“For the dead and the living, we must bear witness.” Elie Wiesel

Underground in Berlin: A Young Woman’s Extraordinary Tale of Survival in the Heart of Nazi German

Marie Jalowicz Simon, Author, Anthea Bell, Translator, Hermann Simon, Afterword by, Hermann Simon, Foreword by

https://booklife-resized.s3-us-west-1.amazonaws.com/b6b0902a8b7e3790f60dcac28f9e6d4d-w204@1x.jpgIn this captivating story, Simon tells of her years in hiding as a Jewish woman during WWII. While still a teenager, she works as forced labor in a factory, leaving her middle-class life behind. Before Jalowicz is 20, she’s orphaned, losing both parents to illness, and must grow up fast. Having decided she won’t voluntarily submit to the Nazis, she’s even more determined after her aunt receives deportation papers in late 1941. She arranges to get herself fired from a factory and then convinces the authorities she’s already been sent away. She utilizes her time to walk different neighborhoods in Berlin, testing whether she will be harassed by police for not wearing the Jewish star and gaining the confidence she needs to mask her fear in encounters with Nazis or anyone suspicious of her. Jalowicz gets by on her wits, able to lie her way out of trouble when she’s threatened with arrest, and, amazingly, is never “denounced” by those who know the truth. Even more critically, she’s aided by family and friends, Jews and not, who give her food, money and most importantly, refuge. When friends learn of a foreign worker in need of a “wife”, she has the great fortune of being able to live in relative safety for the last two years of the war. Jalowicz’s story is unquestionably tragic in so many ways, but is also full of miracles, hope, and a future. Agent: George Lucas, Inkwell. (Sept.)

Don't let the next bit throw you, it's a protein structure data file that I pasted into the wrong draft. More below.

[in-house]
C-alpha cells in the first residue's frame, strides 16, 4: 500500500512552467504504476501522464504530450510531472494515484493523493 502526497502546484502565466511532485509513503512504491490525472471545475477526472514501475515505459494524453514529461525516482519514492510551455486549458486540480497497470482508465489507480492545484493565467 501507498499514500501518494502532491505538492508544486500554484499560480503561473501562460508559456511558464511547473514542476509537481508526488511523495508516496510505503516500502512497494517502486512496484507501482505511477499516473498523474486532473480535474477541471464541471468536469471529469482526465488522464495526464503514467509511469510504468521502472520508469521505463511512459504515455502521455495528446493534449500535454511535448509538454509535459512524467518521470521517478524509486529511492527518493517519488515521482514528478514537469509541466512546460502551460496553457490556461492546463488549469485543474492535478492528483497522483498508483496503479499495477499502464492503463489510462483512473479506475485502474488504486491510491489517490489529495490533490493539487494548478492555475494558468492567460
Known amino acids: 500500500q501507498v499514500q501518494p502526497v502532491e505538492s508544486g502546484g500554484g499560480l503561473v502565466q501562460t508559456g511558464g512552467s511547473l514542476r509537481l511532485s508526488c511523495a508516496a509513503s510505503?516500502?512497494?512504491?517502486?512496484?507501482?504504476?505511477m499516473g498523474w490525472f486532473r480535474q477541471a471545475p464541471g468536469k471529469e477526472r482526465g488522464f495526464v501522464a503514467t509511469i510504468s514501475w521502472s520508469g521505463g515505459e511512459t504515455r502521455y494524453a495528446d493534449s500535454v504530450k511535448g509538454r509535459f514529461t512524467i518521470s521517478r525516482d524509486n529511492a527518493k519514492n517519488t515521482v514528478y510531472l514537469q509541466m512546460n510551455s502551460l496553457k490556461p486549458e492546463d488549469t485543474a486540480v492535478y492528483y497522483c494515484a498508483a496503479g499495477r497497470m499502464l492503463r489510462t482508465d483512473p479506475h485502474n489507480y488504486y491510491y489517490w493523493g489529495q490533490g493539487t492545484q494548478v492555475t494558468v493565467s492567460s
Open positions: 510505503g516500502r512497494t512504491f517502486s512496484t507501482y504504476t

Post courtesy of Publisher’s Weekly

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